You’ve probably already heard about the: Miniature ‘human brain’ grown in laboratory.
The research, involving the growth of cerebral ‘organoids’ from human stem cells, was published in Nature on Wednesday. For some good coverage of the science behind this work, see Ed Yong’s piece here and the FAQ here.
It’s not hard to see why these little blobs have attracted a lot of media attention. It’s a remarkable technique, although growing brain cells in culture is not new. Such ‘brains in a dish’ have been around for some time.
What’s new here is that these organoids grew in 3D, and – all by themselves – started to differentiate into rudimentary brain regions.
Incredible. But is it ethical?
There are, perhaps, three ways to look at this. Firstly, you might feel that such research is repellent by its very nature – that to dissect the human brain in this way is “playing God”, or some such.
Second, you might decide that there are no ethical concerns, because it’s just a bunch of cells. You might consider the notion of worrying about the morality of neural cultures to be silly. Or – what amounts to the same thing – you might never think about the ethics at all.
Now, as a neurobiologist I would love it if there were no ethical dimensions to this. It would make things a lot easier. But I’m not so sure.
We are our brains. You don’t need a liver, a mouth, or legs to be a human being. So if it were possible to somehow grow a complete human brain – complete with the kind of connections found in normal human brains – I think that brain would be a human being.
It would be a human being in a hellish predicament. I think we ought to make sure nothing like that happens. It might seem fanciful, but every human brain started out as a single cell.
We’re several lightyears away from that point right now. The organoids they just made are, for one thing, really small. They reached a maximum diameter of about 4 mm.
This makes them vastly smaller than the brain of a human.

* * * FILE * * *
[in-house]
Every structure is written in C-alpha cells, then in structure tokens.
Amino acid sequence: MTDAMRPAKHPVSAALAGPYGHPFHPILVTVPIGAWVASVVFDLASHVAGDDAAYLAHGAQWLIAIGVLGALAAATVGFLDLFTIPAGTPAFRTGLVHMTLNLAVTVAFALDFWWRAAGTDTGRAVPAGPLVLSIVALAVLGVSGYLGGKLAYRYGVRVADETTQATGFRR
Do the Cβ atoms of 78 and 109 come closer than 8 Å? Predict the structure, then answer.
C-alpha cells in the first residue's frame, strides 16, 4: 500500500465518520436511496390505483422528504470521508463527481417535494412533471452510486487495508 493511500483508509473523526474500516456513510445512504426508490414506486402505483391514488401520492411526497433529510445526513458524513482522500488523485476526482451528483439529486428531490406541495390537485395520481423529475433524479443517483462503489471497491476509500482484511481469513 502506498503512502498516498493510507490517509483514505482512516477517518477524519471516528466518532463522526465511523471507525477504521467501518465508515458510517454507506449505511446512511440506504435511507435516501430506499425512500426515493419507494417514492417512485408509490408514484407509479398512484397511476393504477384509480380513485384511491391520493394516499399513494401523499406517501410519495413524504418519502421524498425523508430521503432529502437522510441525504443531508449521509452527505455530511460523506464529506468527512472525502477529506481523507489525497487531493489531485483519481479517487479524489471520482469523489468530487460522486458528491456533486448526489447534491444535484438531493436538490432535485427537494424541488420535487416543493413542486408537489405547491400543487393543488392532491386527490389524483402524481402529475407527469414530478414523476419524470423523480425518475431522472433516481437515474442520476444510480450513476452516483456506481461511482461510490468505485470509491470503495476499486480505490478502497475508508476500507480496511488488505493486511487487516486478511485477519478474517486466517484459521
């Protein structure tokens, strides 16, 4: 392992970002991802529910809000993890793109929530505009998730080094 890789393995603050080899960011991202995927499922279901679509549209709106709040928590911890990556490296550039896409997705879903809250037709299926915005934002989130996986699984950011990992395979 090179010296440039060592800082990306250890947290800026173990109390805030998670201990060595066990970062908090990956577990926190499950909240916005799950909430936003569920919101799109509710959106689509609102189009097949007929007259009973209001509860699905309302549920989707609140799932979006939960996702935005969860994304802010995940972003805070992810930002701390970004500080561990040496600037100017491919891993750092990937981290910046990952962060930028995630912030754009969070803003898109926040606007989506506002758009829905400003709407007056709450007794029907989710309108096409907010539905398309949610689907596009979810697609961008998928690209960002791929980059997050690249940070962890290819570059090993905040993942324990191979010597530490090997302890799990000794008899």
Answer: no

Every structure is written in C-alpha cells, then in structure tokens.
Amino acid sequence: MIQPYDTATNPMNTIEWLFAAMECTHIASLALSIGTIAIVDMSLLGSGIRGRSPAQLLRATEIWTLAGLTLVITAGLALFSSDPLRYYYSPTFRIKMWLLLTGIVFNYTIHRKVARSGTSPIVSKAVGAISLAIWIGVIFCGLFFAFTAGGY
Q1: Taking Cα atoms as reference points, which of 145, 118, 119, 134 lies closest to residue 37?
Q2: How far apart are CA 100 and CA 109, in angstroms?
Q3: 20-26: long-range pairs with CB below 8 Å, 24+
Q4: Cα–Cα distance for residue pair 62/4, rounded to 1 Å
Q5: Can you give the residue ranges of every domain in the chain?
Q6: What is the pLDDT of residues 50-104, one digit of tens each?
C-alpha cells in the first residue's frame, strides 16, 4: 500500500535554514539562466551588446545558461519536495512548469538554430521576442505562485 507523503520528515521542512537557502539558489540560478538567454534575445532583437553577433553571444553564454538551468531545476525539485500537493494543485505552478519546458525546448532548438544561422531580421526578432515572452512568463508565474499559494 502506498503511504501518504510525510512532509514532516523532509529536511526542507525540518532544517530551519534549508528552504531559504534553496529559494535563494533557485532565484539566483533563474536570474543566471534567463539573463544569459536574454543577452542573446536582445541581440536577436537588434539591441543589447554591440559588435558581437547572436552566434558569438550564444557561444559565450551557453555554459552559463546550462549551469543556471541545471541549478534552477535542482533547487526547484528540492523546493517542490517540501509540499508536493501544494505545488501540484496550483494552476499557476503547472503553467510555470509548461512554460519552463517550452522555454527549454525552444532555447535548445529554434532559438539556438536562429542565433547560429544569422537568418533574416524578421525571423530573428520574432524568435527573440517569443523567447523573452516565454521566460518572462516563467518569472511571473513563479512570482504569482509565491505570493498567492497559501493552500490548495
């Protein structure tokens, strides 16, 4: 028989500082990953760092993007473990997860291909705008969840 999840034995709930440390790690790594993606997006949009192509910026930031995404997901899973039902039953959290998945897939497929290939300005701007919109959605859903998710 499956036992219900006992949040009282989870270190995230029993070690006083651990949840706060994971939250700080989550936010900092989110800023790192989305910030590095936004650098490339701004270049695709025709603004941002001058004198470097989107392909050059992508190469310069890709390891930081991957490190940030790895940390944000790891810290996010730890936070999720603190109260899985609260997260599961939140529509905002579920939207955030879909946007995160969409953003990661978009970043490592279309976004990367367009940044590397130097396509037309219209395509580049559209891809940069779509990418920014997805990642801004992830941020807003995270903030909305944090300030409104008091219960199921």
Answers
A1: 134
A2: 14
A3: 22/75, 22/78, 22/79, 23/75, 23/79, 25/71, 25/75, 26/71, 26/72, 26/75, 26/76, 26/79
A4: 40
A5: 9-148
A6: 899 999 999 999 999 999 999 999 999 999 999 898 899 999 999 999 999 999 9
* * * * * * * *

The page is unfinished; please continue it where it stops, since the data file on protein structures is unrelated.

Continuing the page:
But, then again, 4 mm across isn’t all that much smaller than the brain of a mouse. Mice are not very clever. But I consider it wrong to cause a mouse to suffer unnecessarily – or to put it another way, to cause a mouse brain to suffer. Many people agree.
Find a way to grow these organoids a little bit bigger, and they’d be the size of a mouse brain.
But by itself, this wouldn’t mean much. Human spinal ganglia are in the same ballpark size as 4mm organoids, and mouse brains. Yet we each have dozens of these little bunches of nerve cells, in our backs. They are not known for their intelligence, or capacity to feel pain.
The difference between ganglia and mice is the organization of the neurons. This, rather than size, is what really matters. So I’d say it would only be unethical to create a culture with sufficiently developed connections that it crossed some threshold of complexity.
If you oppose animal experimentation as a whole, you would probably set that threshold pretty low.
But even if you accept doing things to animals, you wouldn’t want to do the same things to humans. There has to be a threshold somewhere.
As to how close we are to reaching it, or how we would possibly know if we’d crossed it, that’s where we bump up against the hardest problems in neuroscience.
My gut feeling is that a neuronal culture wouldn’t develop ‘sufficient connections’ in the absence of any sensory input. But we really don’t know, nor do we know what sufficient connections look like.
So the funny thing is, doing this kind of research is probably the only way we’ll ever work out whether it’s ethical or not.
Lancaster, MA, & et al (2013). Cerebral organoids model human brain development and microcephaly Nature DOI: 10.1038/nature12517